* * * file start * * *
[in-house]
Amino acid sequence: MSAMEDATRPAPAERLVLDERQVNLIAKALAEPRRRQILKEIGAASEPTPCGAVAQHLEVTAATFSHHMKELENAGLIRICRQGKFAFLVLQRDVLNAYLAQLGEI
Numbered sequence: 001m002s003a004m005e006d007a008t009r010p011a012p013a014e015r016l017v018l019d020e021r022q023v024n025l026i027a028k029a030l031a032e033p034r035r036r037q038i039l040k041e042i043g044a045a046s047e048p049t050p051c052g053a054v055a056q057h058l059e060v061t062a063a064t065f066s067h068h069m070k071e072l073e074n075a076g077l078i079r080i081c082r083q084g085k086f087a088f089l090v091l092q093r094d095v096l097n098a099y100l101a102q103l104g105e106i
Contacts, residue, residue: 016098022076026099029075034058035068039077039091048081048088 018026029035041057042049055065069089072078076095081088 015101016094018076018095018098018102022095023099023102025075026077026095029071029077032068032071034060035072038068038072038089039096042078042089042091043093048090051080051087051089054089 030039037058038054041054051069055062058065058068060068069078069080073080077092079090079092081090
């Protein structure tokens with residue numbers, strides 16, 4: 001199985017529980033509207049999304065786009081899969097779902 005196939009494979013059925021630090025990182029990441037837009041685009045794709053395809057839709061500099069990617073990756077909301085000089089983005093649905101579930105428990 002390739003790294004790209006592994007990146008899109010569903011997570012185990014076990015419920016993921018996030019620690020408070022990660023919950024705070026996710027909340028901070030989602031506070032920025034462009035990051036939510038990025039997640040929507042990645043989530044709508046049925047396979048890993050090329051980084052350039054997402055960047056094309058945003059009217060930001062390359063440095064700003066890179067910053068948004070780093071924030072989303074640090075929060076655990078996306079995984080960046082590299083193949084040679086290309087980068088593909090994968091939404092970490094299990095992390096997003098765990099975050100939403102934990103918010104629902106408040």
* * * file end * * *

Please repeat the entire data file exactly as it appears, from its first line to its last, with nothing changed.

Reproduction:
[in-house]
Amino acid sequence: MSAMEDATRPAPAERLVLDERQVNLIAKALAEPRRRQILKEIGAASEPTPCGAVAQHLEVTAATFSHHMKELENAGLIRICRQGKFAFLVLQRDVLNAYLAQLGEI
Numbered sequence: 001m002s003a004m005e006d007a008t009r010p011a012p013a014e015r016l017v018l019d020e021r022q023v024n025l026i027a028k029a030l031a032e033p034r035r036r037q038i039l040k041e042i043g044a045a046s047e048p049t050p051c052g053a054v055a056q057h058l059e060v061t062a063a064t065f066s067h068h069m070k071e072l073e074n075a076g077l078i079r080i081c082r083q084g085k086f087a088f089l090v091l092q093r094d095v096l097n098a099y100l101a102q103l104g105e106i
Contacts, residue, residue: 016098022076026099029075034058035068039077039091048081048088 018026029035041057042049055065069089072078076095081088 015101016094018076018095018098018102022095023099023102025075026077026095029071029077032068032071034060035072038068038072038089039096042078042089042091043093048090051080051087051089054089 030039037058038054041054051069055062058065058068060068069078069080073080077092079090079092081090
């Protein structure tokens with residue numbers, strides 16, 4: 001199985017529980033509207049999304065786009081899969097779902 005196939009494979013059925021630090025990182029990441037837009041685009045794709053395809057839709061500099069990617073990756077909301085000089089983005093649905101579930105428990 002390739003790294004790209006592994007990146008899109010569903011997570012185990014076990015419920016993921018996030019620690020408070022990660023919950024705070026996710027909340028901070030989602031506070032920025034462009035990051036939510038990025039997640040929507042990645043989530044709508046049925047396979048890993050090329051980084052350039054997402055960047056094309058945003059009217060930001062390359063440095064700003066890179067910053068948004070780093071924030072989303074640090075929060076655990078996306079995984080960046082590299083193949084040679086290309087980068088593909090994968091939404092970490094299990095992390096997003098765990099975050100939403102934990103918010104629902106408040």